Seville 2018 - In today’s world, mindfulness courses and meditation retreats are on offer everywhere and both are regarded as at least as effective in combating mental health issues as medication and traditional talk therapy. Those that aren’t religious in nature or don’t believe in a higher being still have an opportunity to connect with something spiritual and take stock of what they already have; it was this sense of gratitude and thankfulness that Harrison himself was missing at the height of Beatlemania. It wasn’t that he was ungrateful or snobbish, but it’s difficult to be appreciative when everything you could ever want is available to you so easily.
In my own experiences I can definitely see how the meditation retreat to Rishikesh was a source of renewed optimism and creativity for an artist, or indeed anyone else. I always benefit from a change of scenery and find my thought patterns become a lot clearer when I have space and time to find inspiration. Often not thinking at all is the best way forwards – when I am out running or taking a long walk, my best ideas seem to come to me without even having to try. Letting go is difficult in a highly competitive world where many are driven to succeed in their careers at all costs, but most would benefit from slowing the pace and finding solace amidst the chaos. In recently taking a sabbatical from a job in London to Seville, I have found my levels of happiness and mental clarity have vastly increased just from being away from it all. I have found time to pursue other projects (meditation included) and think about what it is I’m truly passionate about and value – instead of worrying about the pressures of the workplace. The ability to reincarnate yourself, to make a fresh start in some senses but continue in others, is a wonderful experience.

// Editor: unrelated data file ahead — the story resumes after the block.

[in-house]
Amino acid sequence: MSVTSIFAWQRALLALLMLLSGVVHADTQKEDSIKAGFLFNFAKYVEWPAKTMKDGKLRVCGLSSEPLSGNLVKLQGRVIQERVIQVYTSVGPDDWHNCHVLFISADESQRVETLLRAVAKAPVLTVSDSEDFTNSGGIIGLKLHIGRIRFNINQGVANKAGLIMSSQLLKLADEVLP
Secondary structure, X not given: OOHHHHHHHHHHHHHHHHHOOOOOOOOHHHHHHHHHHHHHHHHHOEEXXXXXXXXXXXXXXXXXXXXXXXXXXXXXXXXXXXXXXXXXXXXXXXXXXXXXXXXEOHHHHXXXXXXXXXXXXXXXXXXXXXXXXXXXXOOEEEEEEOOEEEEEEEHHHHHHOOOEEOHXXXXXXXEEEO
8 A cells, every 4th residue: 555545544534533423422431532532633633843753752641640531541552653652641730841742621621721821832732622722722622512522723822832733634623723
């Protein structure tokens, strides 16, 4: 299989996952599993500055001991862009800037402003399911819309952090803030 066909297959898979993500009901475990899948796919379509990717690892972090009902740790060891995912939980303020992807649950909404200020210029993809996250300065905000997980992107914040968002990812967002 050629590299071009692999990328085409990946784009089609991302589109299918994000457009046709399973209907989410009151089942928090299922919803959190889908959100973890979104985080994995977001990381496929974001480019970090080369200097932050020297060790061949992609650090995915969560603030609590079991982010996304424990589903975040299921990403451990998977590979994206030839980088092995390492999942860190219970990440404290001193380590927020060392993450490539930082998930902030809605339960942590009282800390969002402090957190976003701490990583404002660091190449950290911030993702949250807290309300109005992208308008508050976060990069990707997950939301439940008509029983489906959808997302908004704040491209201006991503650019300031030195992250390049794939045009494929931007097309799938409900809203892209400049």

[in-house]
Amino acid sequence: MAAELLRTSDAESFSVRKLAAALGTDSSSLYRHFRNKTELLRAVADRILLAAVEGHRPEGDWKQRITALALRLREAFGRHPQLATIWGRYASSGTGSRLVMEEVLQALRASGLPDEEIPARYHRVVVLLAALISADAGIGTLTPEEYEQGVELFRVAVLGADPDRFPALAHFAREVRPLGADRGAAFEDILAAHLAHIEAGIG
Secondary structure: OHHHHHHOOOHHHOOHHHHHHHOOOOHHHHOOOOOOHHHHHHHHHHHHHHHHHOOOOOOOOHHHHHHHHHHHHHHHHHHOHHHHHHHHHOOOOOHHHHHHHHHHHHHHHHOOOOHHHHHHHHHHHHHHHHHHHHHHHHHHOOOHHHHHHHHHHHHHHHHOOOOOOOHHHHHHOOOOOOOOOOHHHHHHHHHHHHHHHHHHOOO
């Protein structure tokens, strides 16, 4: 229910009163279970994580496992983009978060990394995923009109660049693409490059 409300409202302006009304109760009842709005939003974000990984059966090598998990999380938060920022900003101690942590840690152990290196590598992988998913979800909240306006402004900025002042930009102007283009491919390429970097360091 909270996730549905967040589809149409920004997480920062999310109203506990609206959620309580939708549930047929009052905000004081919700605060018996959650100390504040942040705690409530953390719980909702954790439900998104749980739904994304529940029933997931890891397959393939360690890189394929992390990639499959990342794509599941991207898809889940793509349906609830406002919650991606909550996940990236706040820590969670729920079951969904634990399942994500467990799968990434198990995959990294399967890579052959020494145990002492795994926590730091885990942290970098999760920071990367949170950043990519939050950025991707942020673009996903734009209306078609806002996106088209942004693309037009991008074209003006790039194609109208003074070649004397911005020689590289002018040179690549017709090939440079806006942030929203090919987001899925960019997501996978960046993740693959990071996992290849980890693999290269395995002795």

In the last days of The La’s, as Lee Mavers became consumed by a downward spiral of depression and alcoholism, one wonders how much he would have benefited from taking stock of what he had already achieved in such a short space of time. I wish they had gone on to make more music – their brilliant eponymous album and some John Peel sessions are all that are left behind – and come full circle on their musical journey, just like the Fab Four in Rishikesh all those years ago.
James Armstrong 20th February 2018